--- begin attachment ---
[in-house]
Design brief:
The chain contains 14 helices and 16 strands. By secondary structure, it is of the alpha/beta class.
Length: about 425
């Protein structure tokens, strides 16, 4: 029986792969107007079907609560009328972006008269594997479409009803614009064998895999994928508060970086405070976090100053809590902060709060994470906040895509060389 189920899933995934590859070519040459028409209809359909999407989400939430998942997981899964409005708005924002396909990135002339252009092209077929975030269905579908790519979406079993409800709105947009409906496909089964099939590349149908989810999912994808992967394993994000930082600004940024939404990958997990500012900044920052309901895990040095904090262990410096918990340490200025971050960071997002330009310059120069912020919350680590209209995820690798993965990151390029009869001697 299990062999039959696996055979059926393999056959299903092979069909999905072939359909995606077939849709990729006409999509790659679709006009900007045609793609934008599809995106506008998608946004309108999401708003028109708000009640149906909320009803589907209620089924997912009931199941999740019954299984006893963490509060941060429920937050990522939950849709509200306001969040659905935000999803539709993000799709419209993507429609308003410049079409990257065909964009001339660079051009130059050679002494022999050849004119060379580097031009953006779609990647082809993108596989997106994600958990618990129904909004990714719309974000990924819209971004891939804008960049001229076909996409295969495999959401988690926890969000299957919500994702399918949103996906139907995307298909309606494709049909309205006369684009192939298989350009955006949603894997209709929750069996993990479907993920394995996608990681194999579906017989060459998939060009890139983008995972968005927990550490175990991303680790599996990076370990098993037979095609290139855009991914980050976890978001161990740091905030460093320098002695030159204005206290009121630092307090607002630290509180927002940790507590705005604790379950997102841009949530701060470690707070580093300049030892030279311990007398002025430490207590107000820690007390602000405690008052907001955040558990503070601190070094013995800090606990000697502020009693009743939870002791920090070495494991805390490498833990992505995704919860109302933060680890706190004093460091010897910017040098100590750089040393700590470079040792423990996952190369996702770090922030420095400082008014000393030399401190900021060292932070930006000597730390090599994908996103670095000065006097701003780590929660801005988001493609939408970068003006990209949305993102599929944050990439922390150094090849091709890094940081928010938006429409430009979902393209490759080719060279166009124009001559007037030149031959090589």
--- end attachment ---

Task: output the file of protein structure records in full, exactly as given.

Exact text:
[in-house]
Design brief:
The chain contains 14 helices and 16 strands. By secondary structure, it is of the alpha/beta class.
Length: about 425
């Protein structure tokens, strides 16, 4: 029986792969107007079907609560009328972006008269594997479409009803614009064998895999994928508060970086405070976090100053809590902060709060994470906040895509060389 189920899933995934590859070519040459028409209809359909999407989400939430998942997981899964409005708005924002396909990135002339252009092209077929975030269905579908790519979406079993409800709105947009409906496909089964099939590349149908989810999912994808992967394993994000930082600004940024939404990958997990500012900044920052309901895990040095904090262990410096918990340490200025971050960071997002330009310059120069912020919350680590209209995820690798993965990151390029009869001697 299990062999039959696996055979059926393999056959299903092979069909999905072939359909995606077939849709990729006409999509790659679709006009900007045609793609934008599809995106506008998608946004309108999401708003028109708000009640149906909320009803589907209620089924997912009931199941999740019954299984006893963490509060941060429920937050990522939950849709509200306001969040659905935000999803539709993000799709419209993507429609308003410049079409990257065909964009001339660079051009130059050679002494022999050849004119060379580097031009953006779609990647082809993108596989997106994600958990618990129904909004990714719309974000990924819209971004891939804008960049001229076909996409295969495999959401988690926890969000299957919500994702399918949103996906139907995307298909309606494709049909309205006369684009192939298989350009955006949603894997209709929750069996993990479907993920394995996608990681194999579906017989060459998939060009890139983008995972968005927990550490175990991303680790599996990076370990098993037979095609290139855009991914980050976890978001161990740091905030460093320098002695030159204005206290009121630092307090607002630290509180927002940790507590705005604790379950997102841009949530701060470690707070580093300049030892030279311990007398002025430490207590107000820690007390602000405690008052907001955040558990503070601190070094013995800090606990000697502020009693009743939870002791920090070495494991805390490498833990992505995704919860109302933060680890706190004093460091010897910017040098100590750089040393700590470079040792423990996952190369996702770090922030420095400082008014000393030399401190900021060292932070930006000597730390090599994908996103670095000065006097701003780590929660801005988001493609939408970068003006990209949305993102599929944050990439922390150094090849091709890094940081928010938006429409430009979902393209490759080719060279166009124009001559007037030149031959090589």